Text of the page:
Human Impacts & Solutions

Diverse arrays of animals in the Taiga are under threat because of human activities. Clear cutting is the most prominent behavior causing damage. Clear cutting is used for logging and collecting timber as well as turning the wood into paper and tissues. Whole sections of the forest would be cleared and the undergrowth would be burnt.  90% of forest logging is cleared is this way. Russian forests are disappearing at the rate of 119,999 km2 per year. The Taiga forests make up 29% of the worlds forest and soon this will all be completely cleared therefore destroying animal and plant habitats.

Scientists believe the best possible solution to save the forests in the Taiga biome is to protect what forest we have left.  50% of the Taiga biome in Canada alone has been allowed for deforestation. Only 8% out of the Canadian Taiga forest is protected. Expanding this amount of land protected in this biome would save habitats, increase the oxygen outlet and save species on the brink of extinction.

In my opinion the solution to protect the boreal forests is to log trees sustainably. Putting a structured environmentally friendly procedure that all logging and mining companies would follow would allow logging processes to continue without a depletion of trees. It would state the requirements and care needed for removal of natural resources from Taiga zone.  For example one of the rules can be; ‘for every tree removed three must be replaced’. This would keep a sustainable environment as well as cater for trees that could possibly be damaged or harmed by humans.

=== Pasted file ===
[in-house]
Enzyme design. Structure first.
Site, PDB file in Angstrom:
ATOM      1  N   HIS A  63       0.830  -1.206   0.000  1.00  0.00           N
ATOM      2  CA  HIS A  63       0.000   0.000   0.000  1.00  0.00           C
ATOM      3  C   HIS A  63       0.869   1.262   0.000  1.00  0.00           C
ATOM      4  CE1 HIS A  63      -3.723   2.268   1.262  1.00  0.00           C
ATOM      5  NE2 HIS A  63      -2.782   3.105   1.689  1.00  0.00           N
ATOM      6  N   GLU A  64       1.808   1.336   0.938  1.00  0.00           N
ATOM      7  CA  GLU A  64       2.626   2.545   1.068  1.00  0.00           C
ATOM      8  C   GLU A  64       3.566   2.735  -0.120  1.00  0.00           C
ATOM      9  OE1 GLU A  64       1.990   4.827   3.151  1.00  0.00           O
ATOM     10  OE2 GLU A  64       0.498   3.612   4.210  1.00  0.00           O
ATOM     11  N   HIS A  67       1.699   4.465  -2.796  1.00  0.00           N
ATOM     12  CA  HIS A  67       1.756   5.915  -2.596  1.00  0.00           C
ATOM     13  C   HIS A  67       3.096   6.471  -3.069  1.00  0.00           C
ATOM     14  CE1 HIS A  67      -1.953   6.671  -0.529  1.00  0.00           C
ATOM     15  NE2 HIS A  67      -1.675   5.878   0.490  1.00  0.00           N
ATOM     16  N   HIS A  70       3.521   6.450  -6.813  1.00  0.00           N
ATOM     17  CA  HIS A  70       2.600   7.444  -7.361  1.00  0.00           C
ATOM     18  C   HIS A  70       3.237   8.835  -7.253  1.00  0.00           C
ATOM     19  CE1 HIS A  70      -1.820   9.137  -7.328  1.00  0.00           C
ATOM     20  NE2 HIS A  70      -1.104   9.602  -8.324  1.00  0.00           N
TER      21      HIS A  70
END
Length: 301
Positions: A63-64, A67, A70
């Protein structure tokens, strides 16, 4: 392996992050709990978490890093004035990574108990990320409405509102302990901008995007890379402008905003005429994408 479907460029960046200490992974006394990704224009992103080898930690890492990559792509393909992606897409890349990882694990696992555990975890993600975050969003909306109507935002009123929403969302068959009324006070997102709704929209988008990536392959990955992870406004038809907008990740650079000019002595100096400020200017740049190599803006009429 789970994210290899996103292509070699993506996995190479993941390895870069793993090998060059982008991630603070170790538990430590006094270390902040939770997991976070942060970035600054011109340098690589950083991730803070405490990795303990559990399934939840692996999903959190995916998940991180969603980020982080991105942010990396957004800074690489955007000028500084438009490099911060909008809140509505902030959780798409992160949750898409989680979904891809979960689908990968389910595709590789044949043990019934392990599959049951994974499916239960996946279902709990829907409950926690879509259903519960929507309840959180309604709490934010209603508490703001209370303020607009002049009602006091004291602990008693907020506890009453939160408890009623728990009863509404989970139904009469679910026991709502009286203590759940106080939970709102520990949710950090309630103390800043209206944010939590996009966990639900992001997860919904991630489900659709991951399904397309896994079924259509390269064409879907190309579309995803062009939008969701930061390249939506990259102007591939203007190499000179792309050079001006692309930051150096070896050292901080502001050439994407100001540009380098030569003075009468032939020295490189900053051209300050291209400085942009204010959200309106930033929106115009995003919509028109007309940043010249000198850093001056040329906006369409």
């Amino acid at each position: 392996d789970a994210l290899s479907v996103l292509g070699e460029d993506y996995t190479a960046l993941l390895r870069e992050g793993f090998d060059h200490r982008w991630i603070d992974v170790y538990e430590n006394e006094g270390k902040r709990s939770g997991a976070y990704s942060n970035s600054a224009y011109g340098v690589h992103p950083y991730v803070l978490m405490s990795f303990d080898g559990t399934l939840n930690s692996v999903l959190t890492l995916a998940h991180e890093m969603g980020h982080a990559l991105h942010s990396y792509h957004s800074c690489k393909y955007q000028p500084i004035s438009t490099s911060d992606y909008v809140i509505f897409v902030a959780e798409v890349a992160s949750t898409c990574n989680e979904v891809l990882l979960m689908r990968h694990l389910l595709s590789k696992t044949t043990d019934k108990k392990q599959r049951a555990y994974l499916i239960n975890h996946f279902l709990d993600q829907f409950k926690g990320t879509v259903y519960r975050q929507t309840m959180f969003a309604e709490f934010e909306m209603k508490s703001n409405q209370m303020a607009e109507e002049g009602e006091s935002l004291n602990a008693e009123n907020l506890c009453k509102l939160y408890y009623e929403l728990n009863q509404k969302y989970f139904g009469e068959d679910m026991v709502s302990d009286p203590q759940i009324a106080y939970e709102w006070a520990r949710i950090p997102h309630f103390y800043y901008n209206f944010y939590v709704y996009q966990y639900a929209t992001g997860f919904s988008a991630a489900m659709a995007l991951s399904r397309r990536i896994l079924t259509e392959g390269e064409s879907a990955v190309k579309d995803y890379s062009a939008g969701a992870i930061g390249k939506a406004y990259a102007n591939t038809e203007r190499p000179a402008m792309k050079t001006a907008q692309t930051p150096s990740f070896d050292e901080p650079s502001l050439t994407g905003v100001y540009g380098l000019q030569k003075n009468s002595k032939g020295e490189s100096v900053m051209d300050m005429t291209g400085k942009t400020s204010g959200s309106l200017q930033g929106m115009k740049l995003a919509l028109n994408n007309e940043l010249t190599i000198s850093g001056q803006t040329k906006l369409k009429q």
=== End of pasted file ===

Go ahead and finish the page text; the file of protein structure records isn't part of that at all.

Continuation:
Following effects that this solution would have on human life would be positive.  The Taiga forest would not be continually destroyed and therefore absorb more carbon dioxide. This would then lessen the effects of global warming because the boreal forest would absorb co2 and emit more oxygen.  We would also save various species of extinction because there would not be as much habitat destruction.

All Things Taiga

The six main biomes of the world include Grasslands, Tundra, Taiga, Rainforests, Temperate/ Deciduous Forests and Deserts.

The taiga climate is predominantly cold weather. Summer in the taiga are significantly short lasting only one to three months. They are warm at an average temperature of 18˚C. The position of the sun during summer means that the Taiga can get up to 20 hours of sunlight. Winters in the Taiga can reach temperatures of -54˚C but usually stay at around -20˚C. The season’s autumn and spring are so short that are practically nonexistent.

The Taiga biome is a vast stretch of land across the Northern Hemisphere. The precise places that the Taiga encompasses are inland Canada and Alaska, most of Sweden and Finland, inland and northern Norway, most of Russia (especially Siberia), north Kazakhstan, Mongolia and Japan.  The most densely populated area in the Taiga region is Russia and the least populated area is Mongolia.